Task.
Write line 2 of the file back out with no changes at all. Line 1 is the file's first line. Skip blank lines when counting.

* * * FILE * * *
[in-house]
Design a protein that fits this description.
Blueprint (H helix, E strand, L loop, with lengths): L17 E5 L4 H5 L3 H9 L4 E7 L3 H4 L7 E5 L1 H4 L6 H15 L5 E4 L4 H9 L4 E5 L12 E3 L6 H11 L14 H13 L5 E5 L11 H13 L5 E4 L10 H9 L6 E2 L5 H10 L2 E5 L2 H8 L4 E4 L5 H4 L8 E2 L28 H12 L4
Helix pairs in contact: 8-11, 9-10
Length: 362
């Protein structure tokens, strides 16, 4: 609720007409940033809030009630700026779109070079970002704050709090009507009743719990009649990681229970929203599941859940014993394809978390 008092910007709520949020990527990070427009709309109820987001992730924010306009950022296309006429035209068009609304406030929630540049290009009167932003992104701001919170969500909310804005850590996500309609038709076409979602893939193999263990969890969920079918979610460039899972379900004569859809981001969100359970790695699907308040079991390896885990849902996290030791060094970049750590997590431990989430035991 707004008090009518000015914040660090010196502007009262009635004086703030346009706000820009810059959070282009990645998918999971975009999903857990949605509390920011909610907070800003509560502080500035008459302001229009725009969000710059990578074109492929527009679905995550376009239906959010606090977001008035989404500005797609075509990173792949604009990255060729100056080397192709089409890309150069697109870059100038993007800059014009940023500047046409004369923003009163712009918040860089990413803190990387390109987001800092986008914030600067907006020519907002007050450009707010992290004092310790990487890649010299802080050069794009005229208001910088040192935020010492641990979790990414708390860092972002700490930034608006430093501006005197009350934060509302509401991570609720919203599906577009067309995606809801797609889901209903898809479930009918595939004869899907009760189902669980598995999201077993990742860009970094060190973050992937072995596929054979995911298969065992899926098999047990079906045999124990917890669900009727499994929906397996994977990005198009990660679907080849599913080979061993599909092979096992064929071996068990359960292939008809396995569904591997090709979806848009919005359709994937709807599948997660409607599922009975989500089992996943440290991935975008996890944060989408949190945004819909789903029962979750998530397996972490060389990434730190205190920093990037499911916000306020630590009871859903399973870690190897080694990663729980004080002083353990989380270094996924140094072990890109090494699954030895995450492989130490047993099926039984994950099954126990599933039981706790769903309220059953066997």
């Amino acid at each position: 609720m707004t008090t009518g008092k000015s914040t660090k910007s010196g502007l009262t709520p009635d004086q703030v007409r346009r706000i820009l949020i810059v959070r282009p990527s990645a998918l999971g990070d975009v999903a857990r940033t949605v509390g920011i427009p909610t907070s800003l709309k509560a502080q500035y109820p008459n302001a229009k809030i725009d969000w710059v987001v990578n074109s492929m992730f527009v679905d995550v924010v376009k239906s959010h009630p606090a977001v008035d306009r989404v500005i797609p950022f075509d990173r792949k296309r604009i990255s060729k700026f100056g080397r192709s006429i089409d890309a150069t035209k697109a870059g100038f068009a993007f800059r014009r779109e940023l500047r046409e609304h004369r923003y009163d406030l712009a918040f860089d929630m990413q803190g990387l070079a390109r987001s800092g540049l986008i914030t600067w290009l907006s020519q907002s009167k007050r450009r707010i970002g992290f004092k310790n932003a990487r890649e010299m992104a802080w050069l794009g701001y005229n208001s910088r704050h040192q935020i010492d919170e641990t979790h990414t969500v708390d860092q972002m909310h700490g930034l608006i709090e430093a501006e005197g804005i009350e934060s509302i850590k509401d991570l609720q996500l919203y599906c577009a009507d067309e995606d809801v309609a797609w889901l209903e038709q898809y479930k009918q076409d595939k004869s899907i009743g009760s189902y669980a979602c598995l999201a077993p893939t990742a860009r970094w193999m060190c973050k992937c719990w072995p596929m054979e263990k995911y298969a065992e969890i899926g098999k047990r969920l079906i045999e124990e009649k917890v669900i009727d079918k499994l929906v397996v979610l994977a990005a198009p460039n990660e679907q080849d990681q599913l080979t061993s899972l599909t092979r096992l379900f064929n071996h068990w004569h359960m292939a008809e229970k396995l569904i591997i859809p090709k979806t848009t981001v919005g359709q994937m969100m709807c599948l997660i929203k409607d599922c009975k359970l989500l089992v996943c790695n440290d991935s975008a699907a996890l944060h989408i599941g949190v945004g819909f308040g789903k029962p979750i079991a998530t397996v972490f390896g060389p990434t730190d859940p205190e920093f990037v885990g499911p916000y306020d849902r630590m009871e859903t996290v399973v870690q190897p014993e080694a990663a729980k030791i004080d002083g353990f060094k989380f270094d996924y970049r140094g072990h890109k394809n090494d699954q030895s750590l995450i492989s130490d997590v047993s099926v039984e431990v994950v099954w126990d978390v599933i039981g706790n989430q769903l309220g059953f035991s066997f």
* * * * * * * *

Design a protein that fits this description.